Staying Secure at Trade Shows

Posted: February 21, 2012 in IT policy, Shows
Tags: , , , , , ,

By Nicholas Greene

With RSA 2012 kicking off next week, then Interop and BlackHat just around the corner after that – we are officially in trade show season. Of course, every show brings with it the challenge of connecting to its official Wi-Fi connection to plug back into corporate headquarters to do everything from email to sending documents and beyond. And as most of us know, this could invite a barrage of security vulnerabilities.

Of course, at IT conferences like Interop and Black Hat, you’ll find yourself with a better class of wireless network– it’s more or less a given that their Wi-Fi connections will be more secure than those at many other trade shows, as the organizers know enough to take an active role in securing the data of attendees. But the real risks come in when, for example, connecting via a hotel or a café near the show – or worse, a rogue unsecured network that tricks users into signing on with a strangely “official sounding” name.

So how will you stay safe this trade show season? In short, VPNs are the key. A VPN will give you all the security you’d get from a private network, and places it into a public arena; opening the requisite ports for easier connectivity, keeping your activities anonymous from others on the network, and encrypting any data you send between yourself and the server.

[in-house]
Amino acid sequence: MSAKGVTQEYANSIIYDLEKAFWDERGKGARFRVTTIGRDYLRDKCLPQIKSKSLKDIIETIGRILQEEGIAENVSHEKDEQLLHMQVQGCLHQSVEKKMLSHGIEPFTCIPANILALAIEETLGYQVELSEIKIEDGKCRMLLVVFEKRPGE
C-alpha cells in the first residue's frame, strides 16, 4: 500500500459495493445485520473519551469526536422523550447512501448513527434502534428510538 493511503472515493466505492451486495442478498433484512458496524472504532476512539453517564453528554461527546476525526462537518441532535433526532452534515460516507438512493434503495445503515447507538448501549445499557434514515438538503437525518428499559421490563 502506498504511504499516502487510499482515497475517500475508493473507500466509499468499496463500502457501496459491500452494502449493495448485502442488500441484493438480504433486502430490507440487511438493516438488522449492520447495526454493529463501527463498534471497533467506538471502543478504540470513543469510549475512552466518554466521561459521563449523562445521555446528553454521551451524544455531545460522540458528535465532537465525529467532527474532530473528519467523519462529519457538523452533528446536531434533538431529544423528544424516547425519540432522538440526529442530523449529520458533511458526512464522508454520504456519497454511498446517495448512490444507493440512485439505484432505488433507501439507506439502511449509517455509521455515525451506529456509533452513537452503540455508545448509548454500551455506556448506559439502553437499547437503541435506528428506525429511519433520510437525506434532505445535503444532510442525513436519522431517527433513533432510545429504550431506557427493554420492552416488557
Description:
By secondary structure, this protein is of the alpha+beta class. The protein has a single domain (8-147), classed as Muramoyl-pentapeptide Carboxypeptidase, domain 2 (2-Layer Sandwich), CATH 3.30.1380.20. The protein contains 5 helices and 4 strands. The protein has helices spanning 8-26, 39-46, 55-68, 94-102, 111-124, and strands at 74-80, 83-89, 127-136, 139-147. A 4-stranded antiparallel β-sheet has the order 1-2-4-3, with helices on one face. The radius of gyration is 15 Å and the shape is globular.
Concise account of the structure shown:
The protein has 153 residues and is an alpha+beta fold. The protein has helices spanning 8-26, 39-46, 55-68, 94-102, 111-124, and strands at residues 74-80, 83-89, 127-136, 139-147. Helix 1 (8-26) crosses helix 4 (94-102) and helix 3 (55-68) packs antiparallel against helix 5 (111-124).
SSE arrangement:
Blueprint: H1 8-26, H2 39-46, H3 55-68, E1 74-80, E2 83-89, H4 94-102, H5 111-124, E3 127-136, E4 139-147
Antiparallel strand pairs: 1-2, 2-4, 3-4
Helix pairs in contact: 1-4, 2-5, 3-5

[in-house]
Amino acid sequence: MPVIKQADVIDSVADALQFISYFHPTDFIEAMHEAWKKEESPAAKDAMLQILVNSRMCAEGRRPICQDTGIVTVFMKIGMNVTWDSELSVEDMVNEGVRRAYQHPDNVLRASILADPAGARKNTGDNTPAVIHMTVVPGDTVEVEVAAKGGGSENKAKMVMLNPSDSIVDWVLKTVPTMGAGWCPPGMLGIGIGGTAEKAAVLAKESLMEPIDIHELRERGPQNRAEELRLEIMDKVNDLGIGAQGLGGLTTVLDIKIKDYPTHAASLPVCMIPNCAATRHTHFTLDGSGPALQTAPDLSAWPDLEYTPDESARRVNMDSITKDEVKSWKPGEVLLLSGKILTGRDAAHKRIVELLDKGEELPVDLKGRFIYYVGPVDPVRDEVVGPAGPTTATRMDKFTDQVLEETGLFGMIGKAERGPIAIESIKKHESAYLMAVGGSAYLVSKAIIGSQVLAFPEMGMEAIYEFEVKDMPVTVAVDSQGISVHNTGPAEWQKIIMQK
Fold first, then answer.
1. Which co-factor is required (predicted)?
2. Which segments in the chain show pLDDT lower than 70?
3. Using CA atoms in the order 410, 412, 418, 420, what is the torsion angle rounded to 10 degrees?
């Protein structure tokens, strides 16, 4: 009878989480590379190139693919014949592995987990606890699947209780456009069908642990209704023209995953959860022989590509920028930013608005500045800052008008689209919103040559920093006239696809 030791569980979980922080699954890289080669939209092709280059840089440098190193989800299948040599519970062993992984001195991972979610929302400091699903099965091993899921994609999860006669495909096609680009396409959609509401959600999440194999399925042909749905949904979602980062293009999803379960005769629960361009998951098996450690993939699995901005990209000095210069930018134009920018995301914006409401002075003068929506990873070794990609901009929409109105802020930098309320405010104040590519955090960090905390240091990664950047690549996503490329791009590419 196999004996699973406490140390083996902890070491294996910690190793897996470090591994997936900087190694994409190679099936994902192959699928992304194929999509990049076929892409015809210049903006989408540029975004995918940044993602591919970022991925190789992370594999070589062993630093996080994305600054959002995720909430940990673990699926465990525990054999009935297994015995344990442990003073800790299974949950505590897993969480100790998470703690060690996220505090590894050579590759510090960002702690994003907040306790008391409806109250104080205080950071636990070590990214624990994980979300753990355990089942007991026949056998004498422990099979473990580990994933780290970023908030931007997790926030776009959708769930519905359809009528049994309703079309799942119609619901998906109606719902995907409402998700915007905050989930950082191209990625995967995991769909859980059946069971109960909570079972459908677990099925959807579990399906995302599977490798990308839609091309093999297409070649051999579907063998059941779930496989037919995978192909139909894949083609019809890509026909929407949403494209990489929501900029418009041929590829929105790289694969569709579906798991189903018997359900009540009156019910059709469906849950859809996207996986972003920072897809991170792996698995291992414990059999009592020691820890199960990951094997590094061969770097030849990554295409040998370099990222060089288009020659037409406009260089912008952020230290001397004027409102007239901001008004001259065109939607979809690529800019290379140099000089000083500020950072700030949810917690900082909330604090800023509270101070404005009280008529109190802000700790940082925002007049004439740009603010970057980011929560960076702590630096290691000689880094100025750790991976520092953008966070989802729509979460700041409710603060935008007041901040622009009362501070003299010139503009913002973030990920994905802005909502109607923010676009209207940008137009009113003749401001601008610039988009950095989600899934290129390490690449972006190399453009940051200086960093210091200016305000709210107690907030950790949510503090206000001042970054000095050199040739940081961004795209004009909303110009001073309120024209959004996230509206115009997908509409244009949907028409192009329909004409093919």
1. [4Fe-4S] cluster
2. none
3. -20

Unlike with unsecure (and even secure) wireless networks, no known exploits currently exist that are capable of subverting the security on most of the well-designed Virtual Private Networks. While it’s certainly true that a user connected to a VPN can interact with other systems on the network as though they were local, the users of those systems should generally be trustworthy, if you’ve implemented a proper VPN solution.

If you’re connecting to a corporate network, there’s a good chance that the company will already have some sort of VPN solution in place- all that’s left in such a situation is to set it up to run on your own system, and you’ll be golden. Generally, this is as simple as installing the client software for whatever solution you’re running- your company should provide it for you before you leave for the show.

If you’re not an enterprise attendee, or your company doesn’t yet have a VPN solution implemented, it might be worth looking into getting one- NCP has several VPN clients available– for enterprise users, the centrally managed solution’s ideal.

More on VPNs and trade show security next time.

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